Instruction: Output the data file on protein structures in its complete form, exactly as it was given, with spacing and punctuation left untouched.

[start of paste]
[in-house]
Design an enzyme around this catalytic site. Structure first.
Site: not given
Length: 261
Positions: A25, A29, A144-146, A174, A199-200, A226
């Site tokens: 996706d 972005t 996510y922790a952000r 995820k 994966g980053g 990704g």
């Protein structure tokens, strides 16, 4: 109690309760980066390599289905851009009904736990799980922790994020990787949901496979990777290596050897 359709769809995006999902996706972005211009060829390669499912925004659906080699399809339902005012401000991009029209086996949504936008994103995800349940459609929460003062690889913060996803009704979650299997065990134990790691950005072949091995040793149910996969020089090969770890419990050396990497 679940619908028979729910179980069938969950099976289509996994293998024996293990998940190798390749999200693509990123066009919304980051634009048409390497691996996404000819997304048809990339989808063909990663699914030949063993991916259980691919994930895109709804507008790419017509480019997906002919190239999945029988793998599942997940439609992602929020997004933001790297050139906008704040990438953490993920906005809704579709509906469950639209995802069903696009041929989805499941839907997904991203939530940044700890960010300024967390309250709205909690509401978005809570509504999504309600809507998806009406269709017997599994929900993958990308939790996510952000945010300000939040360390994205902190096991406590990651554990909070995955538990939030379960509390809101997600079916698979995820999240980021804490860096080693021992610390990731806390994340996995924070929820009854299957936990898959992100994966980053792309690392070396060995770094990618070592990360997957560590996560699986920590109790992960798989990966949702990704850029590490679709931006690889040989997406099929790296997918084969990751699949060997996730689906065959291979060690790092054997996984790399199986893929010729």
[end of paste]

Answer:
[in-house]
Design an enzyme around this catalytic site. Structure first.
Site: not given
Length: 261
Positions: A25, A29, A144-146, A174, A199-200, A226
């Site tokens: 996706d 972005t 996510y922790a952000r 995820k 994966g980053g 990704g």
């Protein structure tokens, strides 16, 4: 109690309760980066390599289905851009009904736990799980922790994020990787949901496979990777290596050897 359709769809995006999902996706972005211009060829390669499912925004659906080699399809339902005012401000991009029209086996949504936008994103995800349940459609929460003062690889913060996803009704979650299997065990134990790691950005072949091995040793149910996969020089090969770890419990050396990497 679940619908028979729910179980069938969950099976289509996994293998024996293990998940190798390749999200693509990123066009919304980051634009048409390497691996996404000819997304048809990339989808063909990663699914030949063993991916259980691919994930895109709804507008790419017509480019997906002919190239999945029988793998599942997940439609992602929020997004933001790297050139906008704040990438953490993920906005809704579709509906469950639209995802069903696009041929989805499941839907997904991203939530940044700890960010300024967390309250709205909690509401978005809570509504999504309600809507998806009406269709017997599994929900993958990308939790996510952000945010300000939040360390994205902190096991406590990651554990909070995955538990939030379960509390809101997600079916698979995820999240980021804490860096080693021992610390990731806390994340996995924070929820009854299957936990898959992100994966980053792309690392070396060995770094990618070592990360997957560590996560699986920590109790992960798989990966949702990704850029590490679709931006690889040989997406099929790296997918084969990751699949060997996730689906065959291979060690790092054997996984790399199986893929010729």